Public-sector unions are a clear-cut and blindingly obvious case of conflict of interest.  The government is supposed to provide services to the people in a cost-effective way, providing what’s necessary while extracting the least possible amount of money out of taxpayers.  The goal of a union is precisely the opposite: to extract as much money as possible out of the organization that it feeds on.

In the private sector, unions actually do work to some extent, because there is a built-in check on the union’s power: namely that the business or industry in question will go bankrupt when the union gets too greedy.  But in the public sector, the organization that the union is feeding on is the government itself -- funded by the taxpayers, the very people whose money they’re supposed to be spending frugally.  The union goal of enriching its members is in direct opposition to the government’s goal of not bankrupting the taxpayers and the nation.

Of course, bankrupting the nation is precisely what these public-sector unions are currently doing.  Cities and states nationwide are drowning in hundreds of billions of dollars of debt and unfunded liabilities, consisting largely of absurdly generous and entirely unrealistic public pensions.

The other reason that private-sector unions can (in theory) work is that the two parties in the negotiations are actually two separate parties with opposing goals: the union wants to consume as much of the company’s profits as possible, whereas the company wants to give the union as little as possible.  In contrast, public-sector unions consist of government employees negotiating with... other government employees, all of whom want to increase their pay as much as possible at the expense of the taxpayers, who have no voice in the negotiations.

Posted by Anthony on 2 replies

Obama's Brilliant Economists

Quoting Victor Davis Hanson:

In 2009, brilliant economists in the Obama administration -- Peter Orszag, Larry Summers and Christina Romer -- assured us that record trillion-plus budget deficits were critical to prevent stalled growth and 10 percent unemployment.  For nearly two years we have experienced both, but now with an addition $3 trillion in national debt.  All three have quietly either returned to academia or Wall Street. [...]

The public might have better believed the deficit nostrums of former budget director Peter Orszag had he not retired after less than two years on the job to position himself for a multimillion-dollar billet at Citigroup -- itself a recent recipient of some $25 billion in government bailout funds.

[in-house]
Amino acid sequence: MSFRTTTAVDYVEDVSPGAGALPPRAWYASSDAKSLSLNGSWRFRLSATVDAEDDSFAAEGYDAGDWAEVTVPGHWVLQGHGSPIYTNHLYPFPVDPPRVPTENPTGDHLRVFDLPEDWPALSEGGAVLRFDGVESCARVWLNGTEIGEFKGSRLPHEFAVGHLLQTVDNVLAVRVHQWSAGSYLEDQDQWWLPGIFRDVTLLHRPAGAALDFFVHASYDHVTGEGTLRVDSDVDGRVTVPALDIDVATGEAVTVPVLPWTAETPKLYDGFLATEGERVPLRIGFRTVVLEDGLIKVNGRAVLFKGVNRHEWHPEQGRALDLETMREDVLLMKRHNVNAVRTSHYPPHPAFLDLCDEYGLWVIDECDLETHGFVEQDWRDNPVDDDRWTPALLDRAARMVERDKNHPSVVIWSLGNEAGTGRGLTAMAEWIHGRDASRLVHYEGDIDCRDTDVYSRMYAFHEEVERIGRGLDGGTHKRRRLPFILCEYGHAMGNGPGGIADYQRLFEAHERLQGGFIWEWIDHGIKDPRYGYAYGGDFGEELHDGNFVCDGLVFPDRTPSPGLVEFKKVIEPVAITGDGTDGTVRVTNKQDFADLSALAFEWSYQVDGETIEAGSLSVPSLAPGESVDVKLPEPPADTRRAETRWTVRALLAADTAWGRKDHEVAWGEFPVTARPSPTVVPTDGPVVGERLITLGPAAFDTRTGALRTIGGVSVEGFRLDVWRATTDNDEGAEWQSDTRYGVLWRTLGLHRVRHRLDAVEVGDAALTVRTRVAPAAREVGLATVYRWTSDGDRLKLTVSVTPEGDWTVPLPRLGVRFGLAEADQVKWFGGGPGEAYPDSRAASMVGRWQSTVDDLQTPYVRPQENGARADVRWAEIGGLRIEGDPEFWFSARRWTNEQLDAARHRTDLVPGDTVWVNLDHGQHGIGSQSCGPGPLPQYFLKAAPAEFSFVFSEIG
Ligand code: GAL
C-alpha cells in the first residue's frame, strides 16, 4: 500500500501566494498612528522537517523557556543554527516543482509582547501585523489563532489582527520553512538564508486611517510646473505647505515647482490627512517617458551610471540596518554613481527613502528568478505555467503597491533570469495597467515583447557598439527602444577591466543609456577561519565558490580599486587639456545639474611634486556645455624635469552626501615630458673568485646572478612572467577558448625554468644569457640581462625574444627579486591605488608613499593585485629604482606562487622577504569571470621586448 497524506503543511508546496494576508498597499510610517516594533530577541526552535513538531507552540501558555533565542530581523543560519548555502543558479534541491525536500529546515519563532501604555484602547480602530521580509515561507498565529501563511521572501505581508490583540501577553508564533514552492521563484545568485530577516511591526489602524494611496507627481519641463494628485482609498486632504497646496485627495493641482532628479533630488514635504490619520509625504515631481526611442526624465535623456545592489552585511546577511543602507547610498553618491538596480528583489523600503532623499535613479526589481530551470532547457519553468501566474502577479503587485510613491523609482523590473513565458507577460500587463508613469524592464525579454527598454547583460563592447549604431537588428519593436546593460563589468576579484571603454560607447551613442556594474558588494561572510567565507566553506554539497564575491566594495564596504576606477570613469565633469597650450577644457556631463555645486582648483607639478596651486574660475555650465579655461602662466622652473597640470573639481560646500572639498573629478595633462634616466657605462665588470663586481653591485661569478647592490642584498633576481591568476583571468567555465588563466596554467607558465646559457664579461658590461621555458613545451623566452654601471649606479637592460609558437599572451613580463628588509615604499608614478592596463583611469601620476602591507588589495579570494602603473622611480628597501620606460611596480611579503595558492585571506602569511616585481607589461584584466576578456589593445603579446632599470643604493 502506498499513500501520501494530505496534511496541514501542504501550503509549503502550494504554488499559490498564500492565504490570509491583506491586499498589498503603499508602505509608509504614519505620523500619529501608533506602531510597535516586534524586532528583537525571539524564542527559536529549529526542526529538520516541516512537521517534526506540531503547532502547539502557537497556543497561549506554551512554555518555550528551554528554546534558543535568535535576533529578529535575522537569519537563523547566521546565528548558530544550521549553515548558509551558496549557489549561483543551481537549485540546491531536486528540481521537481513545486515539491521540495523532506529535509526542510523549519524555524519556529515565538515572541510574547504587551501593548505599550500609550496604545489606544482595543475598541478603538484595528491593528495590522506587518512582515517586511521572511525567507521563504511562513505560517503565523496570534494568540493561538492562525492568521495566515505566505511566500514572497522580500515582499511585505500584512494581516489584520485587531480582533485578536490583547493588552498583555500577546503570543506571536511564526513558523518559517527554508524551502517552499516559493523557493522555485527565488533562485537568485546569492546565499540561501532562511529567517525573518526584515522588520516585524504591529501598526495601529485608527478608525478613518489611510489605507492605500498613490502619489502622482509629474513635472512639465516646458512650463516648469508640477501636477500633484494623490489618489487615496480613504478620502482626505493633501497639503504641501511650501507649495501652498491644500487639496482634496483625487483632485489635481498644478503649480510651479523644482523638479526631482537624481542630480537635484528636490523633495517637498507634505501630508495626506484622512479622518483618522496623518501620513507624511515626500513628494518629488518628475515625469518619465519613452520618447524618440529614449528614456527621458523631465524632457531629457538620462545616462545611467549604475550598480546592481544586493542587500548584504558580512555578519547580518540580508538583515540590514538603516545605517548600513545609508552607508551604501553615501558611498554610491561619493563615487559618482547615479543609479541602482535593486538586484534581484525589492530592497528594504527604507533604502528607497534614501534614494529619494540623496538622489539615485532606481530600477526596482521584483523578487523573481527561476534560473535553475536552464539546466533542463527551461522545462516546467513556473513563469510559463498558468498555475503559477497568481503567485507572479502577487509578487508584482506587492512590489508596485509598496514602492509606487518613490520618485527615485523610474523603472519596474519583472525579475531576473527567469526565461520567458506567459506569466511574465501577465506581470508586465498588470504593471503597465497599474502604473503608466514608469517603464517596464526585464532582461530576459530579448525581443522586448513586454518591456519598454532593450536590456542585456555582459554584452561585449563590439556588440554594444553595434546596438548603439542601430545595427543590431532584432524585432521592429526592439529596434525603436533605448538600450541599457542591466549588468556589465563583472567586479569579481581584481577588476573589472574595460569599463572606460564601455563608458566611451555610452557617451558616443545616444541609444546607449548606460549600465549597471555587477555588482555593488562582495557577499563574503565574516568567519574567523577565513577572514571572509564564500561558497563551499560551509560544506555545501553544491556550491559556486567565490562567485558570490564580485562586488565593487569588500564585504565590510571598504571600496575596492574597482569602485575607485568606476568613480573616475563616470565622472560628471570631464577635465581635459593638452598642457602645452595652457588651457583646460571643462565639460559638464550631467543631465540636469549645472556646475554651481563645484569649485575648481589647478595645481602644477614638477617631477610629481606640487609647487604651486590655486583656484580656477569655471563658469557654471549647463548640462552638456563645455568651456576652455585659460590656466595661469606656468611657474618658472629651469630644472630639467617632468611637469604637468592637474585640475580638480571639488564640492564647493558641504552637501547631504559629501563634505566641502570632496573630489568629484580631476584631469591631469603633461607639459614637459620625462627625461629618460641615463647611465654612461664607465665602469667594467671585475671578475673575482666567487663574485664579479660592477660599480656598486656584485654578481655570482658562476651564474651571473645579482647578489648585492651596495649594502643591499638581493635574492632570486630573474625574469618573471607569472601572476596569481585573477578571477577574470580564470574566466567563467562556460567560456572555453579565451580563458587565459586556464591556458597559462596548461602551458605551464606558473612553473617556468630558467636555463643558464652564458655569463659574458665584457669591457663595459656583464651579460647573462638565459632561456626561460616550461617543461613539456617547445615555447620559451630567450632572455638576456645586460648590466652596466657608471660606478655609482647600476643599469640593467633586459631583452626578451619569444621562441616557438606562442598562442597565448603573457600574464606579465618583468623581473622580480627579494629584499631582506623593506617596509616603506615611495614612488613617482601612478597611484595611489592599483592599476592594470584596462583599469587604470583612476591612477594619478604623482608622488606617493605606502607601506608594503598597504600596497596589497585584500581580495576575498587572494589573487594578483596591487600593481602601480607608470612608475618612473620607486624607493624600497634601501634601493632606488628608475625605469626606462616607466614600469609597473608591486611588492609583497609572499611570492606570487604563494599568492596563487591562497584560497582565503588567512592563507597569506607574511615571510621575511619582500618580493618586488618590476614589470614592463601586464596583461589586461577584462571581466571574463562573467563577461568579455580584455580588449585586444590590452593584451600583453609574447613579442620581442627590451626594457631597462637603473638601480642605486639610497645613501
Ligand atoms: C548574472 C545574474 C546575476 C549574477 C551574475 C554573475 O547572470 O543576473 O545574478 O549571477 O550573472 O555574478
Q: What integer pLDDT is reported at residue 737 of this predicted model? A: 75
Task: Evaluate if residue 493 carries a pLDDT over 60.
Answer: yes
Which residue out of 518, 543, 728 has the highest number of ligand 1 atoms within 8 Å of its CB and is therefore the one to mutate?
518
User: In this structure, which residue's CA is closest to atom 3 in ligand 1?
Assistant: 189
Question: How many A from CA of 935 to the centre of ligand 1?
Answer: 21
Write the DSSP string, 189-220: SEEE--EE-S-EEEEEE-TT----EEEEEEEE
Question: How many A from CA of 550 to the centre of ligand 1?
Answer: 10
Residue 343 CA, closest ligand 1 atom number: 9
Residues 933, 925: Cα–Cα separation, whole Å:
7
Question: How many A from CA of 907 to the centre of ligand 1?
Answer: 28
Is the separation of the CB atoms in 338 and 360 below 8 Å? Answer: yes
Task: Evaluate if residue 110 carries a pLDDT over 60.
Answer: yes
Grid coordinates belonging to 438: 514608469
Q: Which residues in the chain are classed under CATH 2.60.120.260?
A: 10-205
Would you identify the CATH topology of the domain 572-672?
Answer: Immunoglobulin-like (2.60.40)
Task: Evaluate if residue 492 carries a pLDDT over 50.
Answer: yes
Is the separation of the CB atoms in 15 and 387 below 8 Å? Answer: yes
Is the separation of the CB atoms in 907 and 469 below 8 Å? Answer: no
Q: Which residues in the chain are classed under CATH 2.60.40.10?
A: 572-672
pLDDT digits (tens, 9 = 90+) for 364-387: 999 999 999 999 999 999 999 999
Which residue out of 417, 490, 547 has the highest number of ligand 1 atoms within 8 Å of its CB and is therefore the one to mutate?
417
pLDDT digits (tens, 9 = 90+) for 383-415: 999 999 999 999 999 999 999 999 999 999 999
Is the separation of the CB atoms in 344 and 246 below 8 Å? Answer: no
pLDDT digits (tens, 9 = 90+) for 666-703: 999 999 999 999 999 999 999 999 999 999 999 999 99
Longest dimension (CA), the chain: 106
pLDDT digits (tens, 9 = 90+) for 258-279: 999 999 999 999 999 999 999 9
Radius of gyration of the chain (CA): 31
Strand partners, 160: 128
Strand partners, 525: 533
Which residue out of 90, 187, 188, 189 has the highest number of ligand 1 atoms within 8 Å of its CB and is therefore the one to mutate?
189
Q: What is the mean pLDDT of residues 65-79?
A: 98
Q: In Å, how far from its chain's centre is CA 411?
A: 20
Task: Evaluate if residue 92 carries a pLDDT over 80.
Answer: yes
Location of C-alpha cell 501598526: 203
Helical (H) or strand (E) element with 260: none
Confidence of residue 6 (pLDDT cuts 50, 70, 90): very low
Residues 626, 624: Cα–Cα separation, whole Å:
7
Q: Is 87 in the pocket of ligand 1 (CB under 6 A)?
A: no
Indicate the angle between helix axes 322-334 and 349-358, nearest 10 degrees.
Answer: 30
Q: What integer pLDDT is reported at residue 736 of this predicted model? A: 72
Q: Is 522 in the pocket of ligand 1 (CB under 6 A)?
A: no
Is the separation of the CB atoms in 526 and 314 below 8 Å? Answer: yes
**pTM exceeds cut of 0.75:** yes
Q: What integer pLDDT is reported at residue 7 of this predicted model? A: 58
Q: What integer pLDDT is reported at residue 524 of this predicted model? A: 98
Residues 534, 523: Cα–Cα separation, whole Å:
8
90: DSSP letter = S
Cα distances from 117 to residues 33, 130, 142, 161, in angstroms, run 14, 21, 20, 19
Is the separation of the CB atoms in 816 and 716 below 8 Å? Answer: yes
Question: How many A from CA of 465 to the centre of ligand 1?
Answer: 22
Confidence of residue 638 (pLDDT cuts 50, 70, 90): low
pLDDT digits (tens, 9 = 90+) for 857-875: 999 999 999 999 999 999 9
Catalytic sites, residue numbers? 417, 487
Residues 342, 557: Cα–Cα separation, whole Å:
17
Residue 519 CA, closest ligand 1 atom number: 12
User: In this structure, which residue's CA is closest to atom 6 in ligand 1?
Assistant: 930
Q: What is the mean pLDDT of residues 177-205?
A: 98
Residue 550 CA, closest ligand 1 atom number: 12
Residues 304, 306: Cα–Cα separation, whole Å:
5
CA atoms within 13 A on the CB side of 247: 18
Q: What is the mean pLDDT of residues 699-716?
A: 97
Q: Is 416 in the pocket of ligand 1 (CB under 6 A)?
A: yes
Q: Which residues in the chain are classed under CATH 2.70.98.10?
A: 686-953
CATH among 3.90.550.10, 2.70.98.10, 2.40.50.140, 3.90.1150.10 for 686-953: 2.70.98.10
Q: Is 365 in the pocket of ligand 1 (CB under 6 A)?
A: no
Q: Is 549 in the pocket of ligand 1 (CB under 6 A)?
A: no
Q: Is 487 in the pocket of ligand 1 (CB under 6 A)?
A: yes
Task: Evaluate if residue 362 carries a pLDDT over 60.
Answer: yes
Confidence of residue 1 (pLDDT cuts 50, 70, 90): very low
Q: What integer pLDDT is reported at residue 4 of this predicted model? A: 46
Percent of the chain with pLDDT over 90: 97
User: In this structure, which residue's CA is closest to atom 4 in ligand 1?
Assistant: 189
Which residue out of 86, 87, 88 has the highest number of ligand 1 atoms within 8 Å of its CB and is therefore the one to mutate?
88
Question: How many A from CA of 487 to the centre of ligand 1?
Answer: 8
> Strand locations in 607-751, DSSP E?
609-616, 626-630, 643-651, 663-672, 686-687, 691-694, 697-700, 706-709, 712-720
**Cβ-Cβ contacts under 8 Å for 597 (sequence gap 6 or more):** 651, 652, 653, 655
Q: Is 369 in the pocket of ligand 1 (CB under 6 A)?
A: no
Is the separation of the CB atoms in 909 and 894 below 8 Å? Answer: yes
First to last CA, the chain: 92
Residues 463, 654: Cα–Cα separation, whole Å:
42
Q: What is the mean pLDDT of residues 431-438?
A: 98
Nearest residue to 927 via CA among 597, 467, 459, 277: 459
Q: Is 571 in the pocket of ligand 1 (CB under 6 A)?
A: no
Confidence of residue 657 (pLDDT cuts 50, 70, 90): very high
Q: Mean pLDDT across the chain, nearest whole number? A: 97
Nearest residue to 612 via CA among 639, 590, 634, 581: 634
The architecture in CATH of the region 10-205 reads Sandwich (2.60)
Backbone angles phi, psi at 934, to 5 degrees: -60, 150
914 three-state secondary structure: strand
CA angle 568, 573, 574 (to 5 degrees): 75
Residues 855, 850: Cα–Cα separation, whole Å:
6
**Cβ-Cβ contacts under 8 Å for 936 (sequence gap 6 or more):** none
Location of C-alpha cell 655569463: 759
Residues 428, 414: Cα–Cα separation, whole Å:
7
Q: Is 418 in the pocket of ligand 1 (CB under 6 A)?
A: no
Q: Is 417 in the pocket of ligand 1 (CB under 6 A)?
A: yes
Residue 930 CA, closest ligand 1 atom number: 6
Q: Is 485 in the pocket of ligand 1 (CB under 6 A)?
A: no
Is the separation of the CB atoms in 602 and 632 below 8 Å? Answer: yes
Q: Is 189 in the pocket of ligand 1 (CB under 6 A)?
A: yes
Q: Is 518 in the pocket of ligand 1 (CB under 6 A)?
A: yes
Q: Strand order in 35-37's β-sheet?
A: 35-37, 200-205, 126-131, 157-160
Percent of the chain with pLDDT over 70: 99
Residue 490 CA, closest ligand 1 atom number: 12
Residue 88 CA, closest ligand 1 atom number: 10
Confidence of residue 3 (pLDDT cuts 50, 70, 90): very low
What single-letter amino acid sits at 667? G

Because it’s not enough to destroy the economy and blow up the national debt; to be a truly successful politician, you’ve got to take advantage of the situation and derive millions of dollars in personal profit from it.

Posted by Anthony on reply

Teachers Unions Prevent Education

How long will America allow teachers unions to fail its children?

Quoting Jerry Pournelle:

In Los Angeles, where the teachers unions have the most favorable contracts I know of from a large school district, the District, forced to cut back, chose to do so by laying off teachers from the 3 worst performing schools in the district.  The American Civil Liberties Union promptly went to court to upset this, saying they couldn’t solve their problems on the backs of students from schools for the poor.  In theory the lawsuit was to protect the students, although what they are being protected from isn’t clear.  Apparently they have a right to be taught by ineffective teachers?  But the ACLU and the school district reached an agreement in which the District will be able to lay off teachers using complex rules that have some concession to teacher effectiveness rather than strict seniority.  The LA teacher union, predictably, threatens court action.  Solidarity forever.  The student be damned, bad teachers have rights.  Students don’t.  Students have no right to an effective teacher: the purpose of the student is to justify the payments to their teachers, and teacher effectiveness must never be considered in school management.  So it goes.

Bill Gates has financed studies that strongly indicate that we could double the effectiveness of our school system simply by firing the worst 10% of the teachers.  Just fire them.  You needn’t replace them.  Send the students to other classes.  Yes, that would raise class sizes: but our cups overflow with evidence that class size is a far smaller influence on education success than teacher effectiveness.  That has been known since the Chapman report.  (Good luck on finding the report; I probably don’t know how to look, but I can’t.  It was done prior to 1972, and is hardly the only data, as for instance Debunking the Class Size Myth: How to Really Improve Teacher Effectiveness.  It’s easy to find more.  I bring up Chapman to indicate that we have known all this for a long time.)  The point is that almost everyone who has studied the problem understands that the first and most cost effective move we can make would be to fire bad teachers, and that we have known this for forty years, and that it is harder to fire bad teachers now than it was in the days of "Why Johnny Can’t Read".  One might suppose that children have a right to be taught effectively, but that is not the case: what they have a right to is the teacher with the most seniority without regard to that teacher’s abilities.  The entire system exists to assure bad teachers that they will always be paid.

Destroying the educational and employment prospects of huge swaths of future generations is bad enough, but that’s not all the teachers unions do: they’re also a primary cause of the pension disaster coming soon to cities and states near you.  Because making kids stupid isn’t enough; they ought to be bankrupt, too.

Posted by Anthony on reply

How Government Unions Became So Powerful